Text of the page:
BARKER, N.Y. – A town clerk in a rural upstate New York community has submitted her resignation, citing her religious opposition to gay marriage.
Laura Fotusky submitted a letter of resignation to the town board in Barker on Monday, saying her religious beliefs prevent her from signing a marriage certificate for a gay couple, as she’d be required to do as a municipal clerk. The letter was published Tuesday on the website of the Christian lobbying group New Yorkers for Constitutional Freedoms.
The 56-year-old Republican has served since 2007 in Barker, a town with fewer than 3,000 residents, 10 miles north of Binghamton. She said she’ll step down on July 21, three days before New York’s law allowing same-sex marriage takes effect.
Volney Town Clerk Barbara MacEwen told local media outlets last month that she opposed gay marriage on religious grounds but would follow the law.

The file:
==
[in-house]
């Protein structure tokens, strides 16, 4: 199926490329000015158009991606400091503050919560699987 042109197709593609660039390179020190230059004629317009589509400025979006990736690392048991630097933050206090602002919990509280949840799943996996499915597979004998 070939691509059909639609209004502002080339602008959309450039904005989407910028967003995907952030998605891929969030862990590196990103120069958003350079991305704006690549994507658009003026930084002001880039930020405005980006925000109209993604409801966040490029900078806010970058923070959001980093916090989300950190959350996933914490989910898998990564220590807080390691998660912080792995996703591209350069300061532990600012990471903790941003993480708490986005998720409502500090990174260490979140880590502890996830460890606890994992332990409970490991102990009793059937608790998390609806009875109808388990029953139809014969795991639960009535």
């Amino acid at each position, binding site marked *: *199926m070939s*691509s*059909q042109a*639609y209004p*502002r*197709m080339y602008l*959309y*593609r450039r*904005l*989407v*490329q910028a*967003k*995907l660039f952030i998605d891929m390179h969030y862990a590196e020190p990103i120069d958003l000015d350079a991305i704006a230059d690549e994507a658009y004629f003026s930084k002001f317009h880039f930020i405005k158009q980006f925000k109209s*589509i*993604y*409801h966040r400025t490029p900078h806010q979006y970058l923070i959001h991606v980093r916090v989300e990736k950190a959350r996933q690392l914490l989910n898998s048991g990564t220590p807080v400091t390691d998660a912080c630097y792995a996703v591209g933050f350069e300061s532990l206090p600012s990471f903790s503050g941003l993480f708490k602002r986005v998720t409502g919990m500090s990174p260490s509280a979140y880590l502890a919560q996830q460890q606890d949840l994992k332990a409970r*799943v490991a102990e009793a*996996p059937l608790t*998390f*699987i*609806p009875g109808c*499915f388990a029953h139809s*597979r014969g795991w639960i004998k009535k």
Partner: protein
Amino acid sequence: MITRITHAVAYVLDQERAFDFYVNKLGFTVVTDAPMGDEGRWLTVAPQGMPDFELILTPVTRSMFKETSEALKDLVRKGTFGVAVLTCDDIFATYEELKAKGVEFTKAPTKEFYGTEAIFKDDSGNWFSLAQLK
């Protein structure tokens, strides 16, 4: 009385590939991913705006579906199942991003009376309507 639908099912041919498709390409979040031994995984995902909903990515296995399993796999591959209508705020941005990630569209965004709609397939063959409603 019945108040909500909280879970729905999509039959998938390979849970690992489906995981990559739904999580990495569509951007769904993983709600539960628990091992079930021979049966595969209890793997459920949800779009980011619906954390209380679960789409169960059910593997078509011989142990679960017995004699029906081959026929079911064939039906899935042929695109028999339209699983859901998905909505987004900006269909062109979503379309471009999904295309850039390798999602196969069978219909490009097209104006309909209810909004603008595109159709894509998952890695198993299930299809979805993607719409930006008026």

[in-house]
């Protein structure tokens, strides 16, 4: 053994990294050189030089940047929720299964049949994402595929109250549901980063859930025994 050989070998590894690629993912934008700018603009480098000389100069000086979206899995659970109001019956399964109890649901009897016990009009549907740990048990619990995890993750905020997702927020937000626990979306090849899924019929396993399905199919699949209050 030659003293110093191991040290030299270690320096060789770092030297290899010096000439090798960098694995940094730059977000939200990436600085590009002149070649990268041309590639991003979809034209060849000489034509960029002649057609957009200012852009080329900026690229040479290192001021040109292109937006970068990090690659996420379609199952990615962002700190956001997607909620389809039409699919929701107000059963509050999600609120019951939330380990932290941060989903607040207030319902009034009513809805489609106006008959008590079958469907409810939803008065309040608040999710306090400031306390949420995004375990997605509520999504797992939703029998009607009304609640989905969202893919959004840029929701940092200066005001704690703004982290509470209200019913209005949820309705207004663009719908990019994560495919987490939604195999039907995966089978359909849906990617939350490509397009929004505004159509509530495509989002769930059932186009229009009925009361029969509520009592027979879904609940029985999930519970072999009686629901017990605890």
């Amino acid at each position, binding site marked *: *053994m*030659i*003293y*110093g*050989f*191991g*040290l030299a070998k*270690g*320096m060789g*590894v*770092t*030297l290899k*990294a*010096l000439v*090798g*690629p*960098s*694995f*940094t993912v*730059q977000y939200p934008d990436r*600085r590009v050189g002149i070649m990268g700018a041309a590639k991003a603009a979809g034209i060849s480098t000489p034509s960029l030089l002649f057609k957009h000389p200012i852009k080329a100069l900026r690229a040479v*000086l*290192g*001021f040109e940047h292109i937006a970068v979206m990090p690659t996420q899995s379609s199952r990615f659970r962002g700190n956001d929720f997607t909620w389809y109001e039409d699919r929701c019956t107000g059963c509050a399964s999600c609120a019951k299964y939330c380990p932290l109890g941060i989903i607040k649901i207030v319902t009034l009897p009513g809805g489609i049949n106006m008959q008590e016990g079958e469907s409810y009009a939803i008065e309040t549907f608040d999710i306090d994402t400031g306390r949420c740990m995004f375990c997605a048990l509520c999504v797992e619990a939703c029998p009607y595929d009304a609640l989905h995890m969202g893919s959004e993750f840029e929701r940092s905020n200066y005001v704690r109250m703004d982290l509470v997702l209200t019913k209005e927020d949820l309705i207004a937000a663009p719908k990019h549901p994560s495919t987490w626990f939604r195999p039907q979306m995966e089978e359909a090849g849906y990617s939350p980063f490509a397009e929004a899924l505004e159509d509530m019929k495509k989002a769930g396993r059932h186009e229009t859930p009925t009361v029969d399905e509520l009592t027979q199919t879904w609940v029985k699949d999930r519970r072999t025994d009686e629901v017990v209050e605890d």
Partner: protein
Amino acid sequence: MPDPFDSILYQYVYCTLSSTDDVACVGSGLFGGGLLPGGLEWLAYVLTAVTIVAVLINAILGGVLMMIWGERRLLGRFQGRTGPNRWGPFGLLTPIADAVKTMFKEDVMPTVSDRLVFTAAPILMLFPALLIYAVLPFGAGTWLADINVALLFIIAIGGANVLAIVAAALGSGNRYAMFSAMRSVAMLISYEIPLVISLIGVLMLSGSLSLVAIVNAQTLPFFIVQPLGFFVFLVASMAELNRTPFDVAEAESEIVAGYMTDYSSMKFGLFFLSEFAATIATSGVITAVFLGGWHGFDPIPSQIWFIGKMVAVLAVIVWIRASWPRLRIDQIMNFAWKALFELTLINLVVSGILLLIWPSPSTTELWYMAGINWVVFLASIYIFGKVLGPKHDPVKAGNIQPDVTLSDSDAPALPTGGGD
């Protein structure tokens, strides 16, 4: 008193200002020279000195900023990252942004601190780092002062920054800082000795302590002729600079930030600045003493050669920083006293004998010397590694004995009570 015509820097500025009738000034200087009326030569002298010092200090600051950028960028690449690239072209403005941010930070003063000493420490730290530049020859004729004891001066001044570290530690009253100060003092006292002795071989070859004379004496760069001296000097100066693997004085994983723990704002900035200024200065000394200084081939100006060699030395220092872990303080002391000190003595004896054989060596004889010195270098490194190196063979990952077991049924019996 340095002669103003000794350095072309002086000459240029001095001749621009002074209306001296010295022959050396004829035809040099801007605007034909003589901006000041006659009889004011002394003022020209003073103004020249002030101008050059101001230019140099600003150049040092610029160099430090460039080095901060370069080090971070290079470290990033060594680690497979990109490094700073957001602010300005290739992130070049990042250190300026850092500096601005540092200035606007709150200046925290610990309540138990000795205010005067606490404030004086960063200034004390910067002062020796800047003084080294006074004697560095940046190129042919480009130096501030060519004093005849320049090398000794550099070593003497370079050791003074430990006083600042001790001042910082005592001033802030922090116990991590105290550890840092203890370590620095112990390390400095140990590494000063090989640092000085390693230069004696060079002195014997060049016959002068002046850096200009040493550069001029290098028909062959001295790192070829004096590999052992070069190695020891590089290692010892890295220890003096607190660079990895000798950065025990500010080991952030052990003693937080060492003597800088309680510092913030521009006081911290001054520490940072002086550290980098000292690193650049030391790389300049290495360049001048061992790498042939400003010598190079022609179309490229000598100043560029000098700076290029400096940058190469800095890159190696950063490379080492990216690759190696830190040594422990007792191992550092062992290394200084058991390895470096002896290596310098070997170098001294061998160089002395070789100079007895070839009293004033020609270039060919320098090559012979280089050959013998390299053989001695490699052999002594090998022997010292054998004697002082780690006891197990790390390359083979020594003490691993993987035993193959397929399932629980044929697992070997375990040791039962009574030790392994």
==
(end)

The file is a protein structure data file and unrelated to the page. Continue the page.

Jim Koury, secretary of the New York State Association of City and Village Clerks, said he hadn’t heard from any clerks who would refuse to issue same-sex marriage licenses and said he was surprised and dismayed to hear of Fotusky’s decision.
Gov. Andrew Cuomo said elected officials must abide by the rules of the state.
“The law is the law,” Gov. Andrew Cuomo said this week. “When you enforce the laws of the state, you don’t get to pick and choose.”
New York became the sixth and largest state to legalize gay marriage on June 24. Cuomo signed the legislation before midnight, setting a 30-day clock before the law takes effect.
Municipal clerks in several cities and towns around New York, including New York City, Niagara Falls, Syracuse and Binghamton, are holding special office hours on Sunday, July 24, to accommodate gay couples who want to get marriage licenses on the first day possible.